Winners and Losers in Cloud Gaming

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I've always been a console gamer, with my weapon of choice being the Sony (NYS: SNE) PlayStation 3. The landscape for gaming is changing rapidly though, and consoles' dominant role in the industry is being threatened.

Mobile and social gaming is endangering console gaming; Apple's (NAS: AAPL) iPhone has become a veritable gaming platform in its own right, and Zynga's FarmVille continues to make virtual farmers out of so many of us. Electronic Arts (NAS: ERTS) has committed itself to mobile gaming, including its purchase of PopCap Games, maker of the dangerously addictive Plants vs. Zombies.

Instead of purchasing expensive hardware to render, store, and deliver content, players can consider new entrants in the sector, like OnLive, who do all the heavy lifting and only serve up the end result, streamed to the user's machine.

Bricks-and-mortar retailer GameStop (NYS: GME) is so threatened by the service that it recently faced some controversy over opening brand new copies of recent release Deus Ex: Human Revolution and removing a free game code that would allow customers to use OnLive, since the retailer is developing a competing streaming service.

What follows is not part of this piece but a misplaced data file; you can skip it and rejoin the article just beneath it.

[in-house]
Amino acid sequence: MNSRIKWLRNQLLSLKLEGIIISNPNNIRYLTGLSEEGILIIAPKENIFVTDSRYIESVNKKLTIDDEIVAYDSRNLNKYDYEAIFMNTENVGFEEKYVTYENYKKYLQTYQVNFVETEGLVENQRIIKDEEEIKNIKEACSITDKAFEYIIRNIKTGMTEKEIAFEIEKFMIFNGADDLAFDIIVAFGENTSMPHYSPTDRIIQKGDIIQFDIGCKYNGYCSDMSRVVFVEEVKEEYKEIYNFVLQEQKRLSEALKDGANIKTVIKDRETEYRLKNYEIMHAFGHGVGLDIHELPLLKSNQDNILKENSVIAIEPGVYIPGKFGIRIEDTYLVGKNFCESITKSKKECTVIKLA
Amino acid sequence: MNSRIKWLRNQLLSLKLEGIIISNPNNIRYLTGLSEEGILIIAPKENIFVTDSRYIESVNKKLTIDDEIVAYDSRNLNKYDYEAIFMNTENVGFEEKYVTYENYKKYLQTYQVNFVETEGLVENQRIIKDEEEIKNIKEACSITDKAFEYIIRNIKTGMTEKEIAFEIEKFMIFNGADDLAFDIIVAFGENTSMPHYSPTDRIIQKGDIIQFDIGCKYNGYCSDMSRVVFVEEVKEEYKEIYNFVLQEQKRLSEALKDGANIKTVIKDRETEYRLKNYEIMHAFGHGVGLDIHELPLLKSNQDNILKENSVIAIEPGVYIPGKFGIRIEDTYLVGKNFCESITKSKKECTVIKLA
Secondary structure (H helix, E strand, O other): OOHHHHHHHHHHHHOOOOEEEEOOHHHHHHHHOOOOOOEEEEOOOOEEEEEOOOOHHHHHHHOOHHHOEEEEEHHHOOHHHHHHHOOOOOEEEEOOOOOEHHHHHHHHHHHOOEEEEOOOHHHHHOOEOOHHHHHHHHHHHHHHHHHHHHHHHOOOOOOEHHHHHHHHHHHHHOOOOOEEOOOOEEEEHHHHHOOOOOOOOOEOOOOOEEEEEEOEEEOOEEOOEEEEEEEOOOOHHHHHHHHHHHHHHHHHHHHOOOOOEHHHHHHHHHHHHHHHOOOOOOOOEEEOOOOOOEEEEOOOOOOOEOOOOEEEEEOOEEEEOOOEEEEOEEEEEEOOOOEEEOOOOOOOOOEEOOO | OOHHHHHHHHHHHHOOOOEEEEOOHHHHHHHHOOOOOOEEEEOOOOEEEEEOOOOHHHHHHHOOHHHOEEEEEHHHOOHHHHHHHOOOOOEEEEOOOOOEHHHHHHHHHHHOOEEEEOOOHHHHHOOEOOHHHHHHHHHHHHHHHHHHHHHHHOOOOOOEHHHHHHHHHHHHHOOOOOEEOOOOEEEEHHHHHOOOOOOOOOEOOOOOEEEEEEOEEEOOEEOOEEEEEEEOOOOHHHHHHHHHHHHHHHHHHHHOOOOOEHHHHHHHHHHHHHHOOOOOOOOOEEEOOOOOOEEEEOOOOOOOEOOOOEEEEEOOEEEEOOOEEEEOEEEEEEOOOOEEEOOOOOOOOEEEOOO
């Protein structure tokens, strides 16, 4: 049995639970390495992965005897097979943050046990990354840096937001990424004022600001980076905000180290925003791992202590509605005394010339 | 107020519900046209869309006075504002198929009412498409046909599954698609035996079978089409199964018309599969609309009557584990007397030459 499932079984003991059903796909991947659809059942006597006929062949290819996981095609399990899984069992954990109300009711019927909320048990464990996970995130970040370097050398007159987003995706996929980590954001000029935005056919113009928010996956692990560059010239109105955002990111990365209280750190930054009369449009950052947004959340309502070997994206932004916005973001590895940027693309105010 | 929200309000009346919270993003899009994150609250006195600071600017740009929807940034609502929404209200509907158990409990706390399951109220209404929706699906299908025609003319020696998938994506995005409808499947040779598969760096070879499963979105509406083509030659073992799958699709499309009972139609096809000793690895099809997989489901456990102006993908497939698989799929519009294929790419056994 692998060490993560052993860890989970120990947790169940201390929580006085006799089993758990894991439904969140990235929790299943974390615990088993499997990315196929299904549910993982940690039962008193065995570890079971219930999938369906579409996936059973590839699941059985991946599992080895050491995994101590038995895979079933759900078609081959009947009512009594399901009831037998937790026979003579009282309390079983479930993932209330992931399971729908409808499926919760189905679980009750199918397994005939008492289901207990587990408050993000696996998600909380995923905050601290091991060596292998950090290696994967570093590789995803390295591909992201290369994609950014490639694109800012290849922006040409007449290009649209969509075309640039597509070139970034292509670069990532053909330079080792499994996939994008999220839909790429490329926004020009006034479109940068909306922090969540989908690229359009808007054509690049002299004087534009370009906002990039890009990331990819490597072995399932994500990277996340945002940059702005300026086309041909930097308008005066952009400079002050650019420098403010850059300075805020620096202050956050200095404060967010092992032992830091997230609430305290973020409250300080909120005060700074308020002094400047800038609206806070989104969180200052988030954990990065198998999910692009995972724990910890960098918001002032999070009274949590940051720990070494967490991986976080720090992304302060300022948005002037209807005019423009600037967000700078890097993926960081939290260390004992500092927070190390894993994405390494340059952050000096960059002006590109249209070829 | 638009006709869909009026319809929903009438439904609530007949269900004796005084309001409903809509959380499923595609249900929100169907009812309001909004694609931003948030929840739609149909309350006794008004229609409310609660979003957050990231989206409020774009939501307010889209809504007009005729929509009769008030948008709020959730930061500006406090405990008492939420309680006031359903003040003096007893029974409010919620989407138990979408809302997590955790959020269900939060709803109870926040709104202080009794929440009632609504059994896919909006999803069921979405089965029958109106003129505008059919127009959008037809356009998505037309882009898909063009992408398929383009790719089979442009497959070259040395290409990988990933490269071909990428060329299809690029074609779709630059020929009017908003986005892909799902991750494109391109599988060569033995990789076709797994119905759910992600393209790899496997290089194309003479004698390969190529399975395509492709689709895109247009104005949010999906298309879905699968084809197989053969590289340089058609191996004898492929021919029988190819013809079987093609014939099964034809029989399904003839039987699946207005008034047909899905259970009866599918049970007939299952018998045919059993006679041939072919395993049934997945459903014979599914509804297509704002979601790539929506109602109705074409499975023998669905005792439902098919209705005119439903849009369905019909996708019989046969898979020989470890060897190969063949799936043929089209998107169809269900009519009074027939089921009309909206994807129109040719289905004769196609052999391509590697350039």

Gaming pioneer Nintendo (OTC: NTDOY) has mostly ignored the trend while it recently posted a catastrophic quarterly revenue decline of more than 50%. Ever notice that Mario has never jumped into iOS? Investors have, too. Nintendo President Satoru Iwata has said that the company will only make games for its own hardware under his watch, which has frustrated investors who have driven the stock down more than 40% this year alone. According to market research company NPD Group, July retail sales of video game systems and software fell 26% from last year.

Amazon.com (NAS: AMZN) may win some sales through its Web Services division, which can offer hosting services with its expansive data center infrastructure as game companies such as THQ (NAS: THQI) consider outsourcing some of the raw processing. THQ CEO Brian Farrell is grappling with how to best address the evolving pattern of gamer preferences. Ultimately, he believes that content is the priority and supports game streamers like OnLive as well as traditional distributors like GameStop.

Fool contributorEvan Niuhas never virtually farmed anything. He owns shares of Apple and Amazon.com, but he holds no other position in any company mentioned.Click hereto see his holdings and a short bio. The Motley Fool owns shares of Apple and GameStop.Motley Fool newsletter serviceshave recommended buying shares of Amazon.com, Apple, and Nintendo.Motley Fool newsletter serviceshave recommended writing covered calls in GameStop.Motley Fool newsletter serviceshave recommended creating a bull call spread position in Apple. Try any of our Foolish newsletter servicesfree for 30 days. We Fools may not all hold the same opinions, but we all believe thatconsidering a diverse range of insightsmakes us better investors. The Motley Fool has adisclosure policy.

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